Scope and Content of Collection
Title: John A. Wright and Michael Maher San Francisco earthquake accounts
Collection Number: SFH 482
Wright, John A., d. 1913.
Extent: 2 folders
San Francisco Public Library. San Francisco History Center
San Francisco, California 94102
Abstract: Four accounts of the 1906 San Francisco earthquake and fire
Language of Material: English
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be requested 48 hours in advance.
All requests for permission to publish or quote from manuscripts must be submitted in writing to the City Archivist. Permission
for publication is given on behalf of the San Francisco Public Library as the owner of the physical items.
John A. Wright and Michael Maher San Francisco earthquake accounts. San Francisco Public Library. San Francisco History Center
John A. Wright, born Ireland, came to the U.S. in 1865. He worked as an attorney in San Francisco; he was married to Elizabeth
Strother and had three daughters and a son. Michael Maher, also born in Ireland, worked as a laborer at the Santa Fe freight
sheds near Spear St., San Francisco, and at the time of the earthquake was single. William Duggan worked as a stenographer
in San Francisco, at one time employed by Pacific Gas & Electric Co.; he produced the four typescripts in this collection.
Scope and Content of Collection
One folder includes two accounts, dated April 24 (six leaves) and May 3, 1906 (five leaves) by attorney John A. Wright of
2222 Washington St., San Francisco. The second folder includes an account (12 leaves) dated December 1, 1906 by railroad
employee Michael Maher of 234 East St., and another account (12 leaves) dated April 25, 1906 by an unidentified man who boarded
at 264 Fifth St. William Duggan worked as a stenographer in San Francisco; he produced the four typescripts in this collection.
Wright’s April 24 account describes Mrs. Wright (Elizabeth), children Sarah, Elizabeth and John preparing to leave their home
near Lafayette Square for a camp in the Presidio. He writes of rumors of the drunkenness of soldiers, firemen and police after
their exertions; the dynamiting of buildings, and tremors from the explosions; moving mattresses out of his house into Mrs.
Ives’ cottage, next door; borrowing a surrey and two horses from Mrs. McLean to take family and belongings to the Presidio.
On the way, they stop at house of Judge J. M. Allen, and with Allen’s brother’s family, they stay the night there. The next
day they continue to the Presidio, setting up camp on a hill facing south, opposite the golf club house. The Presidio grounds
are crowded with a throng of campers. After a night camping, they return to Judge Allen’s, and the women and children then
travel to Allen’s country home in Menlo Park, where they will remain for months. Wright’s office in the Mutual Life Assurance
building burned; his firm’s records of 37 years destroyed. Wright turned most rooms of his home over to the relief committee
as a clothing depot, his library becoming his law office. Wright’s May 3 account of the disaster repeats much of this April
24 account, and a note from Duggan indicates it was excerpted from a letter Wright sent to a friend.
Maher’s account traces his movements from the Miner’s Hotel, 261 First St. when the ‘quake hit, to the Santa Fe Freight sheds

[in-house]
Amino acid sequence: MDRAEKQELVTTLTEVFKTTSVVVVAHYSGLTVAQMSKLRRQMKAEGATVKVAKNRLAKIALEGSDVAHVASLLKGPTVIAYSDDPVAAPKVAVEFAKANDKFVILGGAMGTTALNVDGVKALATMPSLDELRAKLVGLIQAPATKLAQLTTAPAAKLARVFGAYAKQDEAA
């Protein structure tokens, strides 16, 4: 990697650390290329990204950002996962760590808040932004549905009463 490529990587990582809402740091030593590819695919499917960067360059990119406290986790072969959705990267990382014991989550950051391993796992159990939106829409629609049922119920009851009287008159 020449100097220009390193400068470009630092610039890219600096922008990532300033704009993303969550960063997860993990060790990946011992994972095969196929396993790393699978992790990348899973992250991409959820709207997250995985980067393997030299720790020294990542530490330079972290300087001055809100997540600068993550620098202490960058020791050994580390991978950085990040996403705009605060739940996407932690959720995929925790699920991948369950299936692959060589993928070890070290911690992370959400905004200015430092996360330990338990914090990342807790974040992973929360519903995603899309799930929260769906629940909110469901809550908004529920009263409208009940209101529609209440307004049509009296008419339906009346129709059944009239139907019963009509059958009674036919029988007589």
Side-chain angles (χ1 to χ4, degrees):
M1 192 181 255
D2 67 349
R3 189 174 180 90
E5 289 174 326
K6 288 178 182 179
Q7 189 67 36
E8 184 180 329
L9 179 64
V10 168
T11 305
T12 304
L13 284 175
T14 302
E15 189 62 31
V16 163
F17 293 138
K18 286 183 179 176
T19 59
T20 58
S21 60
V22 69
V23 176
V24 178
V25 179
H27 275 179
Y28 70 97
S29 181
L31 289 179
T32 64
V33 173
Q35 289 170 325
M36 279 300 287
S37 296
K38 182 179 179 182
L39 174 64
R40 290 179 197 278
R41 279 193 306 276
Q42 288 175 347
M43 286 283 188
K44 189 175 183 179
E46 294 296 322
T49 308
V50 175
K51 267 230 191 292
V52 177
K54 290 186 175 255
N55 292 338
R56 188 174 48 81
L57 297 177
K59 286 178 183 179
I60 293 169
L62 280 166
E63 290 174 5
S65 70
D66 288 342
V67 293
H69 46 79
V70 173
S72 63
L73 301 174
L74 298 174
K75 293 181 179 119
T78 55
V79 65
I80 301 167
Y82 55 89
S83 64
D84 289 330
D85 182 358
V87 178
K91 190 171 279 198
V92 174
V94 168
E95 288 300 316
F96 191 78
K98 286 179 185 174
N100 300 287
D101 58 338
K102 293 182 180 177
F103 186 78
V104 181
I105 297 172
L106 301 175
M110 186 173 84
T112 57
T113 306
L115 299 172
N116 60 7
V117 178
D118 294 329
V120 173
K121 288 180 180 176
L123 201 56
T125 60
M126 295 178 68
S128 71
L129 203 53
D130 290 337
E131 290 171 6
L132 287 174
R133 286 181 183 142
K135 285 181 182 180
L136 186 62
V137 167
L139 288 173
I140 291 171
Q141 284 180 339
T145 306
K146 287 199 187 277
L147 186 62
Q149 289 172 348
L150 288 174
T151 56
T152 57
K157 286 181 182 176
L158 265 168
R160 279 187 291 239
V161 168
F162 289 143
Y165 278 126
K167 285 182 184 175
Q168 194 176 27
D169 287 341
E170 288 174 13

(where he was employed) to the Ferry Building, where he was locked up for one night by soldiers for violating curfew. He
had helped his landlady, Nora Roach, her two daughters and other residents evacuate the hotel, which later burned down.
He describes a breadline, and his lodgings at the sheds at Spear Street near the wharf. Three days after the ‘quake, he crosses
to Oakland to buy food and clothing, and returns to the sheds by barge from Point Richmond. The second half of his account
speaks generally of the mood of the people; scenes of the fires; hordes of people moving west from downtown; the transport
of household pets; the dynamiting of buildings, and rainfall. Maher writes of the ransacking of grocery stores, sometimes
sanctioned by the authorities; the destruction of barrels of whiskey; the high prices charged to transport people and belongings;
grub lines and double-dipping. Maher describes the rebuilding activities downtown; the effects of the track laborers’ strike
of United Railroads; the graft exposed in City Hall, and his concerns about religious prejudice swaying public opinion of
the Mayor and others.
The anonymous April 25 account discusses movements of the Todd family; of the author’s landlady, Mrs. John Todd, as well as
of John and George Todd, who with Mr. Hollbrook, comprised United Special Delivery, a firm whose thirteen wagons aided the
evacuation of people and belongings during the conflagration. The Todd rooming house burnt down; the author, the Todds and
others moved into the Mission district, camped at Howard and 21st Streets, and kept watch in shifts in the ensuing nights.
Author witnessed the ransacking of a store, and the Army’s discovery of whiskey, which was emptied into sewers; he witnessed
men ordered by the Army to haul dynamite, and the fire, reaching 17th and Howard streets, being fought; he joined in the looting
of flour at Homestead Bakery, on 19th St., under gaze of soldiers; he violated a curfew, and was forced at gunpoint to bake
bread for other refugees; described a grub line, and greedy individuals. Account ends with good wishes for the new San Francisco,
almost identical to Maher’s close. Maher’s name is penciled on the first page, though this account seems to be written by
San Francisco Earthquake and Fire, Calif., 1906--Personal
Atchison, Topeka, and Santa Fe Railroad Company—Employees.
Wright, John A., d. 1913 – Archives.
Maher, Michael – Archives.
United Special Delivery (San Francisco, Calif.)
South of Market (San Francisco, Calif.)
Mission District (San Francisco, Calif.)